Cable One isn't losing sleep over T-Mobile's fixed wireless plans for AT&T's DSL footprint

Cable One CEO Julia Laulis isn't losing any sleep over T-Mobile's plan to expand its fixed wireless home internet service to new locations that overlap Cable One's footprint.

Last month, T-Mobile said it was moving into the areas where AT&T announced it would no longer sell new DSL services to customers. Instead, AT&T said it wants to focus on building out its fiber-based broadband services, but it could take years for those deployments to hit some of the rural areas where the DSL customers are currently being served.

RELATED: AT&T pulls plug on new DSL accounts

According to a story by FierceWireless, T-Mobile plans to expand its LTE fixed wireless home internet pilot to more than 20 million households in parts of 450 cities, including areas that are being "abandoned" by AT&T during the Covid-19 pandemic.

Cable One also has its eyes on those AT&T DSL subscribers. During Thursday's third-quarter earnings call, Laulis was asked about competing with T-Mobile for those subscribers.

"As far as the AT&T [DSL announcement], as soon as we saw that was happening, we went and took a look," Laulis said, according to a Seeking Alpha transcript. "And the opportunity is about 80,000 homes in the footprint of overlap there. And our marketing people are on top of taking advantage of that situation. As it relates to T-Mobile, or any competitor, quite honestly, we are constantly scanning our local folks and making sure that we're on top of anything that's going on in our markets, whether it's builds or marketing or hiring."

While Laulis said she would never count T-Mobile out, she did throw some shade T-Mobile's way by saying "the speeds that they're talking about is not something that's worrying us."

"We like to think that we have a competitive mindset in that our reliable products and our above-average service will serve us well," she said.

While fixed wireless is seen as an emerging threat to Tier 2 and Tier 3 cable operators in rural areas, there still needs to be more infrastructure—namely towers—to install.

Cable One's Q3 numbers

Years ago, Phoenix-based Cable One became one of the first cable operators to shift its attention away from dwindling video subscribers and toward broadband services. That strategy, especially during the pandemic, has paid-off for Cable One.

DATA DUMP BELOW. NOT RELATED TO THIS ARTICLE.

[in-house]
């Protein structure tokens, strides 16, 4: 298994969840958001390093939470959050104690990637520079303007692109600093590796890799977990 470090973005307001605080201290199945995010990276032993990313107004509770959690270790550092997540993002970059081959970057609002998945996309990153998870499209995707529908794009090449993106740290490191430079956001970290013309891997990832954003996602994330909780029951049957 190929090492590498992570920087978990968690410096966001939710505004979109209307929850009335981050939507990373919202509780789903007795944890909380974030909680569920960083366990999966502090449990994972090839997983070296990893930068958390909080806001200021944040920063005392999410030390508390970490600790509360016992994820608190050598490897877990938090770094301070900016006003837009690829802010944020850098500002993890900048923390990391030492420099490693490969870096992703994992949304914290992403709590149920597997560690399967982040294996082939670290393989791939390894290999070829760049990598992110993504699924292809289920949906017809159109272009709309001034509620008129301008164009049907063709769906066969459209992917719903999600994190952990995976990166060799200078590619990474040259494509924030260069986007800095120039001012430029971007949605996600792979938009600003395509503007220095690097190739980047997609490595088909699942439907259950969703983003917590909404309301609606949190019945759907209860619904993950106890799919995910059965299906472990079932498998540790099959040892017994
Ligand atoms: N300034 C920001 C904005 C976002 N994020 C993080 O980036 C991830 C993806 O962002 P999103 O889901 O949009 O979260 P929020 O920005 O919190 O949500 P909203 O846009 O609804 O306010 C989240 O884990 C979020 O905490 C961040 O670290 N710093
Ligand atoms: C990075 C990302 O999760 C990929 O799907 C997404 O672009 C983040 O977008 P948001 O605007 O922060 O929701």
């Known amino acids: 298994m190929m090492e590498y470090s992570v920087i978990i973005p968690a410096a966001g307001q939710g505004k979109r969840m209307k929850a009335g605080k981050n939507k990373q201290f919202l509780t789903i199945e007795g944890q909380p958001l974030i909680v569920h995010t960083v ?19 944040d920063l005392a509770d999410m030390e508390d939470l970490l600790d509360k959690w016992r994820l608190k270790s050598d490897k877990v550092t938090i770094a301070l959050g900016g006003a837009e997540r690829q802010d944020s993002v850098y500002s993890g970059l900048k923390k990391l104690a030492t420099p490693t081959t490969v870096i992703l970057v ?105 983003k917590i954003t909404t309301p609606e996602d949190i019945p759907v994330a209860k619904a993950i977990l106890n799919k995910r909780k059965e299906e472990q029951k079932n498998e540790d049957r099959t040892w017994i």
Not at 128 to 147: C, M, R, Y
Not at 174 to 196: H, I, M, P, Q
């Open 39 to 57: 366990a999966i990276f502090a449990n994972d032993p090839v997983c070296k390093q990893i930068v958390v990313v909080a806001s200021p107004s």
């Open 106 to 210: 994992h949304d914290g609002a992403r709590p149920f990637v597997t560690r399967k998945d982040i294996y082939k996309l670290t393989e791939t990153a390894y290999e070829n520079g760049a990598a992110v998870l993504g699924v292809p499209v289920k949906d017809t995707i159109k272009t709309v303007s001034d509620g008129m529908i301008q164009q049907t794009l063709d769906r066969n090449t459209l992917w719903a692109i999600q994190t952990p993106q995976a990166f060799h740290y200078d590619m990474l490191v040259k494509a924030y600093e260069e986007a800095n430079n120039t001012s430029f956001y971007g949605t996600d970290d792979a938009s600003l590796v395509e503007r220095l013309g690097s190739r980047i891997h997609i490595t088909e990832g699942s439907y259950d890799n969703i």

In the third quarter, Cable One added more than 26,000 residential broadband customers on a sequential basis, which included roughly 5,000 new ValueNet customers. Cable One announced it was buying Emporia, Kansas-based ValueNet Fiber in June.

Cable One posted a 26.7% year-over-year increase in its broadband subscribers. Year-to date, Cable One has added 84,000 residential broadband customers for a total of 784,000 subscribers.

When asked about AT&T's more aggressive approach for deploying fiber-to-the-home (FTTH) during the earnings Q&A, Laulis said Cable One sees FTTH in just 8% to 10% of its footprint.

Another broadband-related trend, according to Laulis, is customers have been migrating toward faster broadband speeds even before the pandemic hit in March. Laulis said 70% of Cable One's broadband customers have speeds of 100 Mbps or higher, and that its 200 Mbps tier was its new flagship.

On the video side, Cable One lost 21,000 business and residential subscribers to drop its total to 277,000.

Revenues for the third quarter were $339 million compared to $285 million in the prior year quarter, representing an 18.9% increase. Cable One said the uptick was fueled by a residential broadband revenue increase of 30% and a business service revenue increase of 17.3%.

Cable One's net income was $66.3 million in the third quarter, which was an increase of 33.0% year-over-year. Adjusted EBITDA was $174.4 million, an increase of 24.6% year-over-year. Cable One's net profit margin was close to 20%.

Laulis said Cable One would launch an internet backup service for businesses by the end of the year. Going forward, Laulis said Cable One could see additional broadband demand due to more people moving from metro areas to rural locations due to the pandemic.

"We believe there would always come a time when people would need a more robust, reliable internet service in our markets," she said. "We did not know it would be pandemic-related. We kind of thought it would be a product that was driving it.

"But the folks that came in the door came from all walks of life. They could have been previous fiber customers, DSL customers or cell-only customers, i.e. no broadband in the home ever. And they came to us for speed and reliability."